The unbelievable intelligence of American voters

Here's the explanation for why people think their taxes are rising. Because in the long run, they must go up

Published November 1, 2010 10:09PM (EDT)

My post on stupid American voters kicked up quite a fuss today, a happy combination of readers delighted to have their worst suspicions confirmed and readers outraged and disgusted by my elitist condemnation of the hoi polloi. A colleague of mine even suggested the headline was likely to get a mention oby Rush Limbaugh today. Whether that would be a badge of honor or mark of shame, I do not know.

What does interest me however, is a theory brought up by readers in both the comments and in personal e-mails that declares that what's really happening here is that since Americans know that their taxes ultimately must rise in the future, given the vast, unhappy disparity between government revenues and outlays, they feel as if their taxes have already risen, even if they haven't.

I don't disagree with the presumption that taxes will rise in the future. The percentage of income that Americans currently pay as federal income tax is lower than at any point since the 1950s -- it has declined steadily, through Republican and Democratic administrations, since the early 1980s. The inability of either Republicans or Democrats to significantly cut government spending implies that taxes must rise, or, eventually, the United States will have a hard time borrowing enough money to pay the rent.

But if this prudent foresight explains why Americans currently think their taxes are rising, then, why, I wonder, didn't they have the same epiphany during the Bush administration? When you cut taxes, start wars, and increase health care spending (the Medicare Part D prescription plan) without accompanying those actions with corresponding spending cuts, you guarantee future tax hikes. We've been headed down this road for years, but only now, when the federal tax burden has hit a historically low point, are Americans convinced that their taxes are rising.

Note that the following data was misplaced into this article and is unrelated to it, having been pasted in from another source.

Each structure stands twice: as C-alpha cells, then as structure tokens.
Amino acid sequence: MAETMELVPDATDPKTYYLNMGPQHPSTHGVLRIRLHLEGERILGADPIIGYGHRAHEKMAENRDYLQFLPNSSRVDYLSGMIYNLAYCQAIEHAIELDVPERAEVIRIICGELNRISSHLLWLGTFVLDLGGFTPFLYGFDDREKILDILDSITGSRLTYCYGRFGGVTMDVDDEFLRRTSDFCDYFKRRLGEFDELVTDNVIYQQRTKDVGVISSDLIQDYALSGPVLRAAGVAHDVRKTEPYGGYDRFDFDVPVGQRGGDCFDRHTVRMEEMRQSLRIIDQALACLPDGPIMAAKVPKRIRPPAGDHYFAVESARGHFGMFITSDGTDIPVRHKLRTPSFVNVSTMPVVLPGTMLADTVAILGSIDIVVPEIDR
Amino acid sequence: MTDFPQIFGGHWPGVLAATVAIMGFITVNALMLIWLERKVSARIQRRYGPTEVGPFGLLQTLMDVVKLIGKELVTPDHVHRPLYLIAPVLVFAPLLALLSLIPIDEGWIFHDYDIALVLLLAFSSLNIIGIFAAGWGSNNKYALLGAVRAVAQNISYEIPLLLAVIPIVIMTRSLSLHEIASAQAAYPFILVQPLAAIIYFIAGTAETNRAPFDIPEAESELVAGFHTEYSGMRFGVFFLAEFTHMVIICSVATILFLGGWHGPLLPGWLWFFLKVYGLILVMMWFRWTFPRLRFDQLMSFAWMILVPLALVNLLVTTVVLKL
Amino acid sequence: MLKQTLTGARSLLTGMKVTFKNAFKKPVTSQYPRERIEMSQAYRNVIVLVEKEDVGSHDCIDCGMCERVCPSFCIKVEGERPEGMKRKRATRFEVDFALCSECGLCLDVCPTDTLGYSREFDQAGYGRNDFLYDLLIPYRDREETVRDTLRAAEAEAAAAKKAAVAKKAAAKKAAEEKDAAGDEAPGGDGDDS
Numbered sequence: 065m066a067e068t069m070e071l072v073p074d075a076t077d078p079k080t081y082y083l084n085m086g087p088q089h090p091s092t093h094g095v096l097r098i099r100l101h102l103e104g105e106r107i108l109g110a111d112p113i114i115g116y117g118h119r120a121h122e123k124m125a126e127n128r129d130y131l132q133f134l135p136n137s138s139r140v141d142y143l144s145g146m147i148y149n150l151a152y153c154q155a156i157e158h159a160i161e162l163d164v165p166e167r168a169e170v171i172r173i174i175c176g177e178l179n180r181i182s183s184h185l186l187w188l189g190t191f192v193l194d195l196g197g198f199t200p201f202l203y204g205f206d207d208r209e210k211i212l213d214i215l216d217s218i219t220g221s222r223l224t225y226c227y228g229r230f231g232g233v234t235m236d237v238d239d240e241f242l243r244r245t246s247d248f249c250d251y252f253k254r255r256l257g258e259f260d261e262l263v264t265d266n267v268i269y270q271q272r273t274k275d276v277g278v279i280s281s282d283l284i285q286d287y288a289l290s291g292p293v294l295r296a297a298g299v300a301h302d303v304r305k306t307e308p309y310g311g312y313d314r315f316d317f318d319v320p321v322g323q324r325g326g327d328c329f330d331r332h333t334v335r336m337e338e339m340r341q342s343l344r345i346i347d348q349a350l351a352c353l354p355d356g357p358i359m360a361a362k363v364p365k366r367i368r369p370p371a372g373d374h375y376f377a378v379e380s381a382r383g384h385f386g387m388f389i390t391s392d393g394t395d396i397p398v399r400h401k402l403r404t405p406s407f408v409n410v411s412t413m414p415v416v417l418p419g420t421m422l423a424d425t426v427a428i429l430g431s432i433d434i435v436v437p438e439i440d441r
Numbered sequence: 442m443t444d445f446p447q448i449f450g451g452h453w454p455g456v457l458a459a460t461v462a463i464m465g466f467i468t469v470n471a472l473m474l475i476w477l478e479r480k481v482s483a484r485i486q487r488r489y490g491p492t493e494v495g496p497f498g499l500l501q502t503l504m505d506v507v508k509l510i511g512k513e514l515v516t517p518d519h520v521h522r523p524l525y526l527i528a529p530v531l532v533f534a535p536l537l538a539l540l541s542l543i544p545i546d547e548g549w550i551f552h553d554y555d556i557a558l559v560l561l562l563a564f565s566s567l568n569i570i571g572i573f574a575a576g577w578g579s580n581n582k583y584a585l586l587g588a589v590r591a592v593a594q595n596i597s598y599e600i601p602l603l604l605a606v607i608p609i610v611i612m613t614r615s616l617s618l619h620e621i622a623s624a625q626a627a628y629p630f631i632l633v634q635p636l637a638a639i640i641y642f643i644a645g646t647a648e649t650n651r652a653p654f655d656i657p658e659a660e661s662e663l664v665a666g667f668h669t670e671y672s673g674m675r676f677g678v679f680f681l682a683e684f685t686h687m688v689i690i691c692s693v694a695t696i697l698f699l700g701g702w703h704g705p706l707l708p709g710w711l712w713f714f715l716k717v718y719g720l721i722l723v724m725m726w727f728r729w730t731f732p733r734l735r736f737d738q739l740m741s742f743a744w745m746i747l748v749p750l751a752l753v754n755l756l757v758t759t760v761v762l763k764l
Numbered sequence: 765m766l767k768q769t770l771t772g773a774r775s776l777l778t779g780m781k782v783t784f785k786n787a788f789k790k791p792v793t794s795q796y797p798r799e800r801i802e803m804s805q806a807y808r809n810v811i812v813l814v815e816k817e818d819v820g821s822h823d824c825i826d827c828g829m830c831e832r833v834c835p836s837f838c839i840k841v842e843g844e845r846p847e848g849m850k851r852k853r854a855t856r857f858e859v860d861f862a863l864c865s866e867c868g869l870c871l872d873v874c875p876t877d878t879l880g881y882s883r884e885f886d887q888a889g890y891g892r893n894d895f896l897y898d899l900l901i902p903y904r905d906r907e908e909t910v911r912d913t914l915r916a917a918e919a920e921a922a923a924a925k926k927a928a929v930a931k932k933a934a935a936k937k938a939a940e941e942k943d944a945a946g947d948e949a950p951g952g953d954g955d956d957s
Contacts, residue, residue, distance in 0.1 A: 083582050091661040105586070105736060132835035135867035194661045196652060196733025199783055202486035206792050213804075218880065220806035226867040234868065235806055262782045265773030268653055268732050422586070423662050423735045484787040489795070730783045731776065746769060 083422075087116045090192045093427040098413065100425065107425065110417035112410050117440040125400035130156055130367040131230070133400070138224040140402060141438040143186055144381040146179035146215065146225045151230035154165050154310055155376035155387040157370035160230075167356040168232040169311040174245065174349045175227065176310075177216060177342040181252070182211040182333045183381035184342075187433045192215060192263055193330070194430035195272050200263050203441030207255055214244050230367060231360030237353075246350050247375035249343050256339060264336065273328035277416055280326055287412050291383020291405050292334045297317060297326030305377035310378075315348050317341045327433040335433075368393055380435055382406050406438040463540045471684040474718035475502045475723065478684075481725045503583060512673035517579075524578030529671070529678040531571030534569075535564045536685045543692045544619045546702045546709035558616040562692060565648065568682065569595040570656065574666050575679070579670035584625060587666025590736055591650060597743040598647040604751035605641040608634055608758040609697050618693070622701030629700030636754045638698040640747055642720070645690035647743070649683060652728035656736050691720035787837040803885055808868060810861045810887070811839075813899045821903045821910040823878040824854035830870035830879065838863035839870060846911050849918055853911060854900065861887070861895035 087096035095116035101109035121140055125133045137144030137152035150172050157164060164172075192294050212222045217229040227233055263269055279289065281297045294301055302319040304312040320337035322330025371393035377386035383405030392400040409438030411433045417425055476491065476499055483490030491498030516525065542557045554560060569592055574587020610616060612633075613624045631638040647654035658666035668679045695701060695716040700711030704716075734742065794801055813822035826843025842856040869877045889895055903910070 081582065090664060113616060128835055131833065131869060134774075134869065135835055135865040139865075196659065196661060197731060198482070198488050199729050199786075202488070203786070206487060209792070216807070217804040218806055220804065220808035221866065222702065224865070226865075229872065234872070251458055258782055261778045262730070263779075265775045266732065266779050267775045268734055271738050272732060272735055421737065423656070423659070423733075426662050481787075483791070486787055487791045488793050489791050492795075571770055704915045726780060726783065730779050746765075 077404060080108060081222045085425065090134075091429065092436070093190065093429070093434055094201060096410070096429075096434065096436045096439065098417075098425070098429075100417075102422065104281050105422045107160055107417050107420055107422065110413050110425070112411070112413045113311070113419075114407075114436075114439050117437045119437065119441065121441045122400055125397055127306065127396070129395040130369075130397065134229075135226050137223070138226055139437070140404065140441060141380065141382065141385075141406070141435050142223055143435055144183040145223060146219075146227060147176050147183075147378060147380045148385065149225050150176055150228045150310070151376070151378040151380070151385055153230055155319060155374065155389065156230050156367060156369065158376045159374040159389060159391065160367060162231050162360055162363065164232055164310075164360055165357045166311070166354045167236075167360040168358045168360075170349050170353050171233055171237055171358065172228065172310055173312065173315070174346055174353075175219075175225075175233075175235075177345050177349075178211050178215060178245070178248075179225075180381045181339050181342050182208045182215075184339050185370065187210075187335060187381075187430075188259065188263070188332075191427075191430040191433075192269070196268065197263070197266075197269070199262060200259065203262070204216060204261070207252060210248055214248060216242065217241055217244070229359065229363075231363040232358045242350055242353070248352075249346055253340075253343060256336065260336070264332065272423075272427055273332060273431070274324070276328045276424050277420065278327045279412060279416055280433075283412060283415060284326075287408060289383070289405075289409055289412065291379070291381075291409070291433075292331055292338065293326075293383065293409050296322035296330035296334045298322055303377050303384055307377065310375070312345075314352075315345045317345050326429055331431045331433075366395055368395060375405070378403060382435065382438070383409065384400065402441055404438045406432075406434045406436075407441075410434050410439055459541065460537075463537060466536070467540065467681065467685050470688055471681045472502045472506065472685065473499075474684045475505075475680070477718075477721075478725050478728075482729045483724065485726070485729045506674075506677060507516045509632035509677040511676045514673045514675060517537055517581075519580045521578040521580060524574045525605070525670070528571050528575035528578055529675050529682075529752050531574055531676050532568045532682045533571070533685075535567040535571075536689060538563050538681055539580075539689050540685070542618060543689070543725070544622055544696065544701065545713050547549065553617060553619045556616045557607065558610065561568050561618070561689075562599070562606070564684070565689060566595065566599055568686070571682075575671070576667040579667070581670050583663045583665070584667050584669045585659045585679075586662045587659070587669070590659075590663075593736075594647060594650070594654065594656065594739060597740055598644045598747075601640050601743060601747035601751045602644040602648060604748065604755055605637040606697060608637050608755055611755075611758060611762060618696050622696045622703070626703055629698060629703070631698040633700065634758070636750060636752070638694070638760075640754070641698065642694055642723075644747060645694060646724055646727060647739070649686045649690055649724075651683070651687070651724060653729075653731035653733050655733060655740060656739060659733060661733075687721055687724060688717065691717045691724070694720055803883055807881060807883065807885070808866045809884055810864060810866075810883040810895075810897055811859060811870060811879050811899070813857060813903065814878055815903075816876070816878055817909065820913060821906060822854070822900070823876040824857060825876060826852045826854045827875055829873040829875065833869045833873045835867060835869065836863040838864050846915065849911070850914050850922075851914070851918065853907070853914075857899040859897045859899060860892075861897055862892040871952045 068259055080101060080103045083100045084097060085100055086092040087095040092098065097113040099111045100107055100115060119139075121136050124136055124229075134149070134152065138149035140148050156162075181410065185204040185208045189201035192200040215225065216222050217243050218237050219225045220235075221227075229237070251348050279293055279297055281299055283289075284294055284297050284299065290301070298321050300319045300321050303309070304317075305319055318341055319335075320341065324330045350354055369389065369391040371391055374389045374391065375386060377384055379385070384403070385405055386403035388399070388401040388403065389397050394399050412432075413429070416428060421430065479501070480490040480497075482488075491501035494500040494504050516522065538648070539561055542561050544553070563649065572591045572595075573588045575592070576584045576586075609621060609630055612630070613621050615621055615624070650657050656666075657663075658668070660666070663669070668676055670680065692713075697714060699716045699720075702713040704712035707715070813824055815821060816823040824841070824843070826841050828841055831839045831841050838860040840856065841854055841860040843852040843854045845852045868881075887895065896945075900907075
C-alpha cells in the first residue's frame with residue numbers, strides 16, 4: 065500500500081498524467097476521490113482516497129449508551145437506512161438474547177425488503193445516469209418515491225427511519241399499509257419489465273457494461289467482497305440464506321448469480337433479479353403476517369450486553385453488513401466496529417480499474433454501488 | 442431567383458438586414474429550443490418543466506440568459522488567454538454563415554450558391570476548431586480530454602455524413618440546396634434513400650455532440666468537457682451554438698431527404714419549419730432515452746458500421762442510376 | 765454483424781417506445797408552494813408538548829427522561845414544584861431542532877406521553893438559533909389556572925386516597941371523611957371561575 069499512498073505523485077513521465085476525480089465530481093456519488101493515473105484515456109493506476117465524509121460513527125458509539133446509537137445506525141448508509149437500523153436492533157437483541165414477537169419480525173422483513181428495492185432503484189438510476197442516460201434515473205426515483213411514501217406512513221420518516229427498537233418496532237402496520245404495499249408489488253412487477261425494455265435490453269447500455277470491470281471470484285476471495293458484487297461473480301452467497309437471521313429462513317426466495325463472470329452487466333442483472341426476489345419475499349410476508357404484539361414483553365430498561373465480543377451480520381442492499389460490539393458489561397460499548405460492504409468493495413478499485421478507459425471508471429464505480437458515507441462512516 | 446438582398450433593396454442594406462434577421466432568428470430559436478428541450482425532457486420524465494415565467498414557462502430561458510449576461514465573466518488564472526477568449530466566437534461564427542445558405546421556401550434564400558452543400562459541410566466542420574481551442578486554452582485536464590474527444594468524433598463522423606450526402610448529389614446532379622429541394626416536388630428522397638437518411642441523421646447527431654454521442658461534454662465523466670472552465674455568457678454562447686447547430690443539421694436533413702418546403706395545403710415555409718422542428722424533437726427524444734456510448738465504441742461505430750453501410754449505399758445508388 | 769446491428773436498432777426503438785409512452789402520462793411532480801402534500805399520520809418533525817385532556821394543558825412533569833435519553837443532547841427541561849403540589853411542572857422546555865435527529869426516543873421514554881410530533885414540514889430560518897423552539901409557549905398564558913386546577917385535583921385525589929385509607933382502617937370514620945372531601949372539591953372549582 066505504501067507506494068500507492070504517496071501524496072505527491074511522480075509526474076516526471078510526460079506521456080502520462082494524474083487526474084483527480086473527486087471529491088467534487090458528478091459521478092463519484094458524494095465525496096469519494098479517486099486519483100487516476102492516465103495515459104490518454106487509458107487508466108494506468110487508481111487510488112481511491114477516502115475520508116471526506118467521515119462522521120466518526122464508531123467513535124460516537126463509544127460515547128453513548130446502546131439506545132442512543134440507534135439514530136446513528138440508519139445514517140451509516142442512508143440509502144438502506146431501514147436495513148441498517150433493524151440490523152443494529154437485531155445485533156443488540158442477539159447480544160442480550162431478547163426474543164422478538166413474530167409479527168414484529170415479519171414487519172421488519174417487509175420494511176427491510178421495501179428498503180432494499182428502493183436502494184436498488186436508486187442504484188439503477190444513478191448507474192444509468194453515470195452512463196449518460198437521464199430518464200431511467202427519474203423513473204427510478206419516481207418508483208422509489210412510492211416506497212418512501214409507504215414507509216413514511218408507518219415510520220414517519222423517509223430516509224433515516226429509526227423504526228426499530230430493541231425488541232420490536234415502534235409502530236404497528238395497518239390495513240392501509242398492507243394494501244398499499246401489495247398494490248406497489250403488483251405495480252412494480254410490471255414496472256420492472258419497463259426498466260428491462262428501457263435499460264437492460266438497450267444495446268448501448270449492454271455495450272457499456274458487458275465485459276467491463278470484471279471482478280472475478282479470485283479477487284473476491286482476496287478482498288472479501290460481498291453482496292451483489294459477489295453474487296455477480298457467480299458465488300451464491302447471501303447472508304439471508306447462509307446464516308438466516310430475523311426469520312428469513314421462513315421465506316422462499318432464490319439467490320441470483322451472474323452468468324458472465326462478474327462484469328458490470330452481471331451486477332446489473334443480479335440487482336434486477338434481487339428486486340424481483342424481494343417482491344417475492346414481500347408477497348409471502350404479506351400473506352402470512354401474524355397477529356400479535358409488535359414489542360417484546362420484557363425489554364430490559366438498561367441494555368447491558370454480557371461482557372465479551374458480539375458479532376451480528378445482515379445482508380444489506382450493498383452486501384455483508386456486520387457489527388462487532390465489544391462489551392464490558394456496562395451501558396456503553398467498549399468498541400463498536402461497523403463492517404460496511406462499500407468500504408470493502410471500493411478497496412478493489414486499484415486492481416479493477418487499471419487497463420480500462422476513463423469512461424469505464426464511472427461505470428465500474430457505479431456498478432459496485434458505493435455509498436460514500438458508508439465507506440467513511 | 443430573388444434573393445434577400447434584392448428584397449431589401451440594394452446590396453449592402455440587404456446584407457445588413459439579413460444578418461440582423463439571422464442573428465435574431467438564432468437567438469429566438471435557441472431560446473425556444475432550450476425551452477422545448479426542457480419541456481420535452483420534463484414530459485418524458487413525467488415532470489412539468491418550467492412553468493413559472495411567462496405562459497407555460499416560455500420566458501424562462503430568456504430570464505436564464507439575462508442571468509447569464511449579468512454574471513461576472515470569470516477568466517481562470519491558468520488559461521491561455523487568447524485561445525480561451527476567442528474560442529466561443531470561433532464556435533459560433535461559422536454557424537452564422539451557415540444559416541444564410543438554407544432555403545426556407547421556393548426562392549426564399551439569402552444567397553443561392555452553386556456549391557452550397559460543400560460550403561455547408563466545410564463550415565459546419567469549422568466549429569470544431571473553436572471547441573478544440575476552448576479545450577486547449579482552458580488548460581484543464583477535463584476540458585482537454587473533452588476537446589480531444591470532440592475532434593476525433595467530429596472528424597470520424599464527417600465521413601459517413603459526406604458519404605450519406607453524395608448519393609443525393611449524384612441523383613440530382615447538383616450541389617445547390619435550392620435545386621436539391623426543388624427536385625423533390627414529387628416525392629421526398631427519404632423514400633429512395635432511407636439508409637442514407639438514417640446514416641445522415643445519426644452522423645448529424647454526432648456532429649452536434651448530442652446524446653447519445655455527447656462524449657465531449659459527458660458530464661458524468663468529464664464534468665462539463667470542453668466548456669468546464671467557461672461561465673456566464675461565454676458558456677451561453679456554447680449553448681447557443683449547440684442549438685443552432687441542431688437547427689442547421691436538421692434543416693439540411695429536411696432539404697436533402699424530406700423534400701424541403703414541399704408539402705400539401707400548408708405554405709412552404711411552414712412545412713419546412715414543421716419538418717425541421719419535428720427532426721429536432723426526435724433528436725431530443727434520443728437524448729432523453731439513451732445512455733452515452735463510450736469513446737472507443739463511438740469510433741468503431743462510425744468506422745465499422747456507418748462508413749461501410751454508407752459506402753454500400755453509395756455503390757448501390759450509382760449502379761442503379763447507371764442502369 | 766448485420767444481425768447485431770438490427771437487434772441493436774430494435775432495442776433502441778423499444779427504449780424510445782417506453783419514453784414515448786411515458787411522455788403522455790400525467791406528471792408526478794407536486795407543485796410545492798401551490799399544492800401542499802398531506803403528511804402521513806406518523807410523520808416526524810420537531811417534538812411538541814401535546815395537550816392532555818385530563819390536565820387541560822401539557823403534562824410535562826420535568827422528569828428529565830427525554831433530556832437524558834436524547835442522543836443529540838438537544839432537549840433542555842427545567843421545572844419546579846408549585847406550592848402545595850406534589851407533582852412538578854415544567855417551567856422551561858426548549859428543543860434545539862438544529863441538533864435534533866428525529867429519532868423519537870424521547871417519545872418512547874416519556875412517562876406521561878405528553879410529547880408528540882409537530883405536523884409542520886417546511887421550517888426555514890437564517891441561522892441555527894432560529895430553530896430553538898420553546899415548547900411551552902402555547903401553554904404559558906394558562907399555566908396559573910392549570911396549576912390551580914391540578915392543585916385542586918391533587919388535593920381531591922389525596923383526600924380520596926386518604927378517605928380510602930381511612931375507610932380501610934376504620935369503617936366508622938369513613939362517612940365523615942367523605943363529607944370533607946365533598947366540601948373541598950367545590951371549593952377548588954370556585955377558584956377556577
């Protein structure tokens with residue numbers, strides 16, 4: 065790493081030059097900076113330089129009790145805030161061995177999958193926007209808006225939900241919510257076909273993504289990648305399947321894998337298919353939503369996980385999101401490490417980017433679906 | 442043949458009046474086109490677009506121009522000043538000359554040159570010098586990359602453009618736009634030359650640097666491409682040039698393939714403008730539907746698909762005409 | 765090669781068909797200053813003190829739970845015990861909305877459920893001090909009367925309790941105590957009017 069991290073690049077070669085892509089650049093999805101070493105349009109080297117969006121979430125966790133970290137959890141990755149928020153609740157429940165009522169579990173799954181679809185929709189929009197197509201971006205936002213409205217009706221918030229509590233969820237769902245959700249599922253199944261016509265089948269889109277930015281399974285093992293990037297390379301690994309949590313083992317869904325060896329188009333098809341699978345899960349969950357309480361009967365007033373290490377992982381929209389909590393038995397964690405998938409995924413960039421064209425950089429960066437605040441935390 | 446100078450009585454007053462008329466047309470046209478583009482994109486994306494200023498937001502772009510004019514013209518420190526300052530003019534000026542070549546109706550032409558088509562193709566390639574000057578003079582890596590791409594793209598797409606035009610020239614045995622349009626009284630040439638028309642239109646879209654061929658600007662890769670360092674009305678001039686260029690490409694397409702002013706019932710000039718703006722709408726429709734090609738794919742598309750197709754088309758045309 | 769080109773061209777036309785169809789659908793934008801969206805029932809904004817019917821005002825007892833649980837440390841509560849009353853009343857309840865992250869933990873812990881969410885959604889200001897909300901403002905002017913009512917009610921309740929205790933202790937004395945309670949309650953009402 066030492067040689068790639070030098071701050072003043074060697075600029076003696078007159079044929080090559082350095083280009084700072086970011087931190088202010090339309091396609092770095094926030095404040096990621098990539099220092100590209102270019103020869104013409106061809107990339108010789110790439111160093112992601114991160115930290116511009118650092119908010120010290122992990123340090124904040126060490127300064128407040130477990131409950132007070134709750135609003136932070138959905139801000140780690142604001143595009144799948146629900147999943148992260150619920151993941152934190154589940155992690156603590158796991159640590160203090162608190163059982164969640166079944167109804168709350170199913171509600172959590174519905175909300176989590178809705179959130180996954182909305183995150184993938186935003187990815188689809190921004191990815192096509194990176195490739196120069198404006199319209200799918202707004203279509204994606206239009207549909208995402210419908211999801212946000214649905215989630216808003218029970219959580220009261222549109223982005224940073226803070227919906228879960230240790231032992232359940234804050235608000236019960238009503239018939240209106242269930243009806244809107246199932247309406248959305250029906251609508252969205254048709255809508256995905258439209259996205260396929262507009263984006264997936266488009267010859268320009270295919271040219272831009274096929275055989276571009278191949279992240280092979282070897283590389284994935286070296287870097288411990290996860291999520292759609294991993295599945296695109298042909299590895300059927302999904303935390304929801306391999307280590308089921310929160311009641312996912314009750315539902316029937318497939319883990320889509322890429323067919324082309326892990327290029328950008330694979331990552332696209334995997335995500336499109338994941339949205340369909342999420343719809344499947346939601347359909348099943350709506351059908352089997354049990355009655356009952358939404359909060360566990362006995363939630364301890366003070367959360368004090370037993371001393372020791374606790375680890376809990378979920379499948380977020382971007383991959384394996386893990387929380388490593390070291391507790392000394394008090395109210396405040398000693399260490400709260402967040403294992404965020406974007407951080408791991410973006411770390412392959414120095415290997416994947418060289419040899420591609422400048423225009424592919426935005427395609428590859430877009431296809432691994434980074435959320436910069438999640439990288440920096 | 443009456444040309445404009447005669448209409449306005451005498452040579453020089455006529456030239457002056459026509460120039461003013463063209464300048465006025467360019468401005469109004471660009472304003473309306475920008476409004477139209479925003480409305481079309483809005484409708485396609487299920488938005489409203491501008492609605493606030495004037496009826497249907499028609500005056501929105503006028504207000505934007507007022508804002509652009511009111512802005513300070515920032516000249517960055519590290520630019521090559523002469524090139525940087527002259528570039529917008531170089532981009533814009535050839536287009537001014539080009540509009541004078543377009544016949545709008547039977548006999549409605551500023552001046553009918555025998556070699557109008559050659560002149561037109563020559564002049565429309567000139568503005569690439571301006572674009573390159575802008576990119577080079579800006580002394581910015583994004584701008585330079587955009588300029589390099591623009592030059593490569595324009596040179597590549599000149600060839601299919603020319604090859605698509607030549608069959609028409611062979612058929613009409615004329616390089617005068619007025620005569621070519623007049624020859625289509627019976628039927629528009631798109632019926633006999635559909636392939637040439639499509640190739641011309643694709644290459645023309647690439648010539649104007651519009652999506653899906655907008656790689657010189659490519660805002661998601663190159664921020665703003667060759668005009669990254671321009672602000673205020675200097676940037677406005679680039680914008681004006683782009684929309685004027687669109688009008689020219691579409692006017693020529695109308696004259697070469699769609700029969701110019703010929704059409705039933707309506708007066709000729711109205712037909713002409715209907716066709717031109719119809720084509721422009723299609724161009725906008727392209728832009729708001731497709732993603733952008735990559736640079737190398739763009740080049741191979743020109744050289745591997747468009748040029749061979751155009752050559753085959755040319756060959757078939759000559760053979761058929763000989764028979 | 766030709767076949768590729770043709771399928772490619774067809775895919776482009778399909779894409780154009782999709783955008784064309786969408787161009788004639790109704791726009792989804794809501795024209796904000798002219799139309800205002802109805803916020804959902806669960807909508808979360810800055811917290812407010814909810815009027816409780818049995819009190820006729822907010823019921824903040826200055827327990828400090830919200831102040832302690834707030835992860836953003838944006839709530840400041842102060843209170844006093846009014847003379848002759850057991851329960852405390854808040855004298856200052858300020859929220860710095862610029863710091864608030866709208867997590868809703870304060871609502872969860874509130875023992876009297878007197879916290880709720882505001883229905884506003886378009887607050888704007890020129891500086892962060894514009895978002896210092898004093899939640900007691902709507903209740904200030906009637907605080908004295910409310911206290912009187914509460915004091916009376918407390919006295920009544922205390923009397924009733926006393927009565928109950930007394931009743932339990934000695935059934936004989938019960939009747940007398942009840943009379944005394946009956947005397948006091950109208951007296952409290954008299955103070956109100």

The quick answer to that is that the budget deficit numbers are much scarier now than they were a few years ago. But as Justin Fox recently pointed out, almost half of the current budget deficit can be blamed on the huge shortfall of government revenue due to the recession. If Obama's first action as president had been confined to simply tax cuts -- the deficit would still have rocketed up. And if he had attempted to significantly cut the size of government to match those cuts, unemployment would likely be much worse now than it already is, as hundreds of thousands of government workers would have joined the layoff rolls, and, not uncoincidentally, further put pressure on government finances by seeking unemployment benefits.

It is not dumb to worry about the future, that's for sure. But it would have been smarter to start down that road a decade ago.

By Andrew Leonard

Andrew Leonard is a staff writer at Salon. On Twitter, @koxinga21.

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